London, Jan 4 (IANS) Rishi Sunak, described as the “invisible” Prime Minister, emerged from the bunker on Wednesday with a public speech on the multiple crises facing the UK, amid the country staring at the deepest recession of all the world’s largest economies in 2023.
Addressing a gathering in east London, he pledged he will work “night and day” to make the situation better. He blamed the crisis on the legacy of Covid and the Ukraine war.
Sunak provided five promises: to halve inflation in 2023, grow the economy, make sure the national debt is falling, to ensure a fall in the National Health Service (NHS) waiting list, and to pass new laws to swiftly detain and remove illegal immigrants.
The UK’s coveted, completely free NHS has increasingly struggled under the higher demand over winter, because of staff shortages, aggravated by strikes by nurses and ambulance workers. Lives have been lost because of backlogs and delays.
Meanwhile, the Purchasing Managers Index (PMI) reading in Britain was the lowest for December in 31 months or since the depths of the economic crisis caused by Covid, as assessed by a S&P Global/CIPS survey.
Analysts at insurer Allianz Trade forecast that UK plc will shrink 0.9 per cent, buffeted by ill-winds of high energy bills and interest rates and increasing businesses insolvencies.
By comparison, the German counterpart is predicted to decline 0.7 per cent, and the French and US by 0.4 per cent and 0.3 per cent, respectively.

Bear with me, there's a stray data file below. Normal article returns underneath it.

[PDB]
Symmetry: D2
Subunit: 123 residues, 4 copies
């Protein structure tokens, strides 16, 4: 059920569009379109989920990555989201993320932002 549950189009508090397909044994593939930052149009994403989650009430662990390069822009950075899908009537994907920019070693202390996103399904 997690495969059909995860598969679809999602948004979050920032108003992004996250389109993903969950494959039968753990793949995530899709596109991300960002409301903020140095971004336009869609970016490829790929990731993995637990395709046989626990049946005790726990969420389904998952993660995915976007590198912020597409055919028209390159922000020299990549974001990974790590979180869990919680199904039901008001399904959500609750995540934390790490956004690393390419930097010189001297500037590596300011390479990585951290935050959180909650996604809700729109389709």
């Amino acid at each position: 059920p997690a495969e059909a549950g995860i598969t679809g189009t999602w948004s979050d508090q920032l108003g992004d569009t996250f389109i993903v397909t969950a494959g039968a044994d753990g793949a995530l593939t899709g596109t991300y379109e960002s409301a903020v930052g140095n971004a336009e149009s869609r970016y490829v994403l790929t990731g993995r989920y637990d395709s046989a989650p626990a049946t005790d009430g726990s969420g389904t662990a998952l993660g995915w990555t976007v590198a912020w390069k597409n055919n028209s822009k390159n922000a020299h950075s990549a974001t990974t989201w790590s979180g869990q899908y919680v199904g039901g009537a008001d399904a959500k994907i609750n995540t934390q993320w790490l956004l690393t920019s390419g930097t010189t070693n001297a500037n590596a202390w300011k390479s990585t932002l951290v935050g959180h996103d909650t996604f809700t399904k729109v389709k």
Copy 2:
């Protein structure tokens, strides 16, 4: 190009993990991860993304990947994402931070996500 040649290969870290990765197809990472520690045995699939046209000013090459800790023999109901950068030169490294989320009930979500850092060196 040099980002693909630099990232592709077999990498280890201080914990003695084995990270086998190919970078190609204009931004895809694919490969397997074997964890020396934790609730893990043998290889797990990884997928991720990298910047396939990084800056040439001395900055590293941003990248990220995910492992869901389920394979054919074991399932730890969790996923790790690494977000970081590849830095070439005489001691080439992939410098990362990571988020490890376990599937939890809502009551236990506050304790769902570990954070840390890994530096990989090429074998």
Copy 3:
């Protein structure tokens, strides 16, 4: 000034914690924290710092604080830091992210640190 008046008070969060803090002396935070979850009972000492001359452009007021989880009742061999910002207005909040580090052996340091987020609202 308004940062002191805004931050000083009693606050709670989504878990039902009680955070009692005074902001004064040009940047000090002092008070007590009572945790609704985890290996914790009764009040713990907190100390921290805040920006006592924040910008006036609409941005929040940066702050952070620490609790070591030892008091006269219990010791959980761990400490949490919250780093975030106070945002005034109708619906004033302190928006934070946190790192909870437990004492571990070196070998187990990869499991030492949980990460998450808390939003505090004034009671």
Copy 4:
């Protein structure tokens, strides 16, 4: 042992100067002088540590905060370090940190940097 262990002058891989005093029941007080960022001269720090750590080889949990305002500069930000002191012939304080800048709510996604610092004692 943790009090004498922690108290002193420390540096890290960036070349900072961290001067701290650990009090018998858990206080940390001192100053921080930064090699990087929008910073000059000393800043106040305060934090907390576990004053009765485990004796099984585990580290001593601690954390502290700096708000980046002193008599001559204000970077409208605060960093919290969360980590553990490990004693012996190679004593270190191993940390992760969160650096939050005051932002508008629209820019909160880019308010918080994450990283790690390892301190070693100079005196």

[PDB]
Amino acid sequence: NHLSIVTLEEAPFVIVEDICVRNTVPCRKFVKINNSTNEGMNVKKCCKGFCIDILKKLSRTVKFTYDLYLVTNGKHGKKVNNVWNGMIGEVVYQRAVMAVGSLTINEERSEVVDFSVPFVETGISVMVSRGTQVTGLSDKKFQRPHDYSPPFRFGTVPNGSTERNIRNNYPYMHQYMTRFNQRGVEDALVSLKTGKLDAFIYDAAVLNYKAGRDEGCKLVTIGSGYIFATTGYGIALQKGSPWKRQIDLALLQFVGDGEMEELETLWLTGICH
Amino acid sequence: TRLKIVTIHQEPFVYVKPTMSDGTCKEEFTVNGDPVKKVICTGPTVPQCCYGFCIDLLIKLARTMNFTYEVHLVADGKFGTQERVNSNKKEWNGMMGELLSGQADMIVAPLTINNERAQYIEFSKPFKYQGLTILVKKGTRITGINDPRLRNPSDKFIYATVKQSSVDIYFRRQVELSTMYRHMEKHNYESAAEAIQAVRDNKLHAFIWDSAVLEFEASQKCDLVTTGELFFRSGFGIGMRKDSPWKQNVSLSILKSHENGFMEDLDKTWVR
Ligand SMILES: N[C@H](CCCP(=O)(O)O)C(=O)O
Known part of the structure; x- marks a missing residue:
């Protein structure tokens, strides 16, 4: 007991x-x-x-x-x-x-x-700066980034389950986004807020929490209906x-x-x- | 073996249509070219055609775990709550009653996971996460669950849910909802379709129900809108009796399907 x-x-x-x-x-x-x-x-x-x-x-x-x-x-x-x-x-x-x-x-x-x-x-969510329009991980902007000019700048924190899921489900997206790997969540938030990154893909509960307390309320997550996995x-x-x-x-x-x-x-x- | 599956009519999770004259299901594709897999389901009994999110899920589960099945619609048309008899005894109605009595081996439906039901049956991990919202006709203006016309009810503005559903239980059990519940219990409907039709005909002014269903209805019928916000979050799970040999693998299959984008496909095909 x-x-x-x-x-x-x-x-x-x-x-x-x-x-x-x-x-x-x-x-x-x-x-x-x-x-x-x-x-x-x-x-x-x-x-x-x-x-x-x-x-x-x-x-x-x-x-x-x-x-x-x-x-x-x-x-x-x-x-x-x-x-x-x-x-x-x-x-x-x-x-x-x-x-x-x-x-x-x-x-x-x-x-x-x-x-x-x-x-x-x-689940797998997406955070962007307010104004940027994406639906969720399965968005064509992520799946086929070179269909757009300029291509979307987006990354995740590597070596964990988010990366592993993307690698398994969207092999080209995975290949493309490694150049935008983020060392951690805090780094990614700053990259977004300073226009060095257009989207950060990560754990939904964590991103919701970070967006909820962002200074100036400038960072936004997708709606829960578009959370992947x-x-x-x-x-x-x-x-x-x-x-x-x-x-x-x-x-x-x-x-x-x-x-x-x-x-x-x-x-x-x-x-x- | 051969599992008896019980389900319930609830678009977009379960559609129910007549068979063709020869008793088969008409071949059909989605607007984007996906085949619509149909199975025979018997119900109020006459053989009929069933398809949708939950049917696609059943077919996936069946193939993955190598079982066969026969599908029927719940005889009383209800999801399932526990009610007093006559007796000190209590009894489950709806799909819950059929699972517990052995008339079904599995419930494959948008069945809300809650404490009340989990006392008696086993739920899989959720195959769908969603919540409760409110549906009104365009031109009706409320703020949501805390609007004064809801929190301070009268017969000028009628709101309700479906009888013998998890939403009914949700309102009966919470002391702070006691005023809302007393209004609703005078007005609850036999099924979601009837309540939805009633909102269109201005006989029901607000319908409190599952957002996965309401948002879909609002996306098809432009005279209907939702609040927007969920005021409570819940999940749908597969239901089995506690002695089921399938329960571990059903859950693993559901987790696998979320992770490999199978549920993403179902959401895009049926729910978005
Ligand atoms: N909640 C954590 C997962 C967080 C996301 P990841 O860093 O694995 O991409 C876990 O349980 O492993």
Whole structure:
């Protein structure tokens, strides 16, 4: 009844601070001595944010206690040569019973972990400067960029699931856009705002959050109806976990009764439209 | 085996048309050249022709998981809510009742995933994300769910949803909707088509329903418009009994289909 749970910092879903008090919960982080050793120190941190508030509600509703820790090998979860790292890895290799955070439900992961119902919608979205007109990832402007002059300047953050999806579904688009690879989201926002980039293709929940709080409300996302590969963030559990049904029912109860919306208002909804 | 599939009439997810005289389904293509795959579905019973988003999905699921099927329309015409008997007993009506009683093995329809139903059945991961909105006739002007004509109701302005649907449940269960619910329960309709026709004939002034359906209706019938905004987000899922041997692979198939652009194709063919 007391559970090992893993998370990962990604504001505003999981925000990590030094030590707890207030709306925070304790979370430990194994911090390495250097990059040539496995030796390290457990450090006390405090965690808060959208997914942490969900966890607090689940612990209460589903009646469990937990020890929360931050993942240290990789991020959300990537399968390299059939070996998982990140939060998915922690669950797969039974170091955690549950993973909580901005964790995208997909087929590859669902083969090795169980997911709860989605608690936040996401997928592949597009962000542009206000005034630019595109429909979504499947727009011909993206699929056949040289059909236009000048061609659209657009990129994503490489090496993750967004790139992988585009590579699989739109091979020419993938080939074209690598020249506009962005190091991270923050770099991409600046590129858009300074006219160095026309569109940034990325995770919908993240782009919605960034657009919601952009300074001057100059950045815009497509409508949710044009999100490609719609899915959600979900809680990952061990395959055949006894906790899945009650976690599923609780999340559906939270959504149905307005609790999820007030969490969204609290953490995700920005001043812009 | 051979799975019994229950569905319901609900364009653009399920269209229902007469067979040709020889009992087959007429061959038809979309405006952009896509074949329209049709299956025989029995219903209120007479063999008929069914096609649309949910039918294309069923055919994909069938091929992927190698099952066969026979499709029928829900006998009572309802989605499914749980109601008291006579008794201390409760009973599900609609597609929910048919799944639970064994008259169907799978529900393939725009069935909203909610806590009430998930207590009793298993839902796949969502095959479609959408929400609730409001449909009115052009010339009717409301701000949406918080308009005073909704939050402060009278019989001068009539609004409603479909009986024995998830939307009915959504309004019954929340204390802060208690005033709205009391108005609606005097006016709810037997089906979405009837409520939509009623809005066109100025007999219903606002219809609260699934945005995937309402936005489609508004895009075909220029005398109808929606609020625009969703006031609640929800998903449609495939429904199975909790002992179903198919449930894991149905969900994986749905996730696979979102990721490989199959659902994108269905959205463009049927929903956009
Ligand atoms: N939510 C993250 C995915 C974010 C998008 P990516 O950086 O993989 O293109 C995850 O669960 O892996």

Inflation is the enemy of the common person in Britain, where the biggest minority ethnic group are people of Indian origin. The billionaires among them may not feel the pinch, but the Punjabi car factory worker and Gujarati corner-shop owner are certainly experiencing it.
However, the Indian-origin Briton who is politically wilting most – despite his wealth – is Sunak, catapulted as he was to the post of Premier 10 weeks ago. Indeed, the first half of 2023 could be make-or-break for this 42-year-old inexperienced, but diligent politician.
Lord Mervyn King, former Governor of the Bank of England (Britain’s central bank), recently asserted at a lecture that the second tranche of furloughs extended by Sunak as Chancellor of the Exchequer in 2021 had contributed to Britain’s current cost-of-living crisis.
King was speaking at the Clovelly Lecture organised by Honourable Zeenat Rous, a non-resident Indian. In effect, Sunak’s handling of the economy as Chancellor is being seen in some circles as a cause of the present problem.
While Sunak may have provided the additional furlough under instructions from his Prime Minister, Boris Johnson, and certainly with his knowledge and consent, the knives are out for him from MPs and members of his Conservative party, who want Johnson back as leader.
Previously, the plotters and schemers were set to destabilise Sunak from the resumption of parliament next week. But the final push, according to the Daily Telegraph, may not now materialise until June or July.
In February, the Privileges Committee of the House of Commons is expected to take up the issue of whether Johnson knowingly misled parliament on the socialising that occurred at his office and residence at Downing Street in violation of laws prevailing during the Covid epidemic? While Sunak was also imposed a financial penalty by London’s metropolitan police for attending a function, if this committee indicts Johnson, his chances of a comeback would be virtually nullified.
Johnson’s backers are hoping there will be insufficient evidence to censure him. And with the Conservatives in for a hiding in the local elections in May – because of the economic climate – they plan to blame Sunak for the outcome, juxtaposed with a campaign that the party would endure a bloodbath under is uninspiring leadership in the scheduled 2024 general election.
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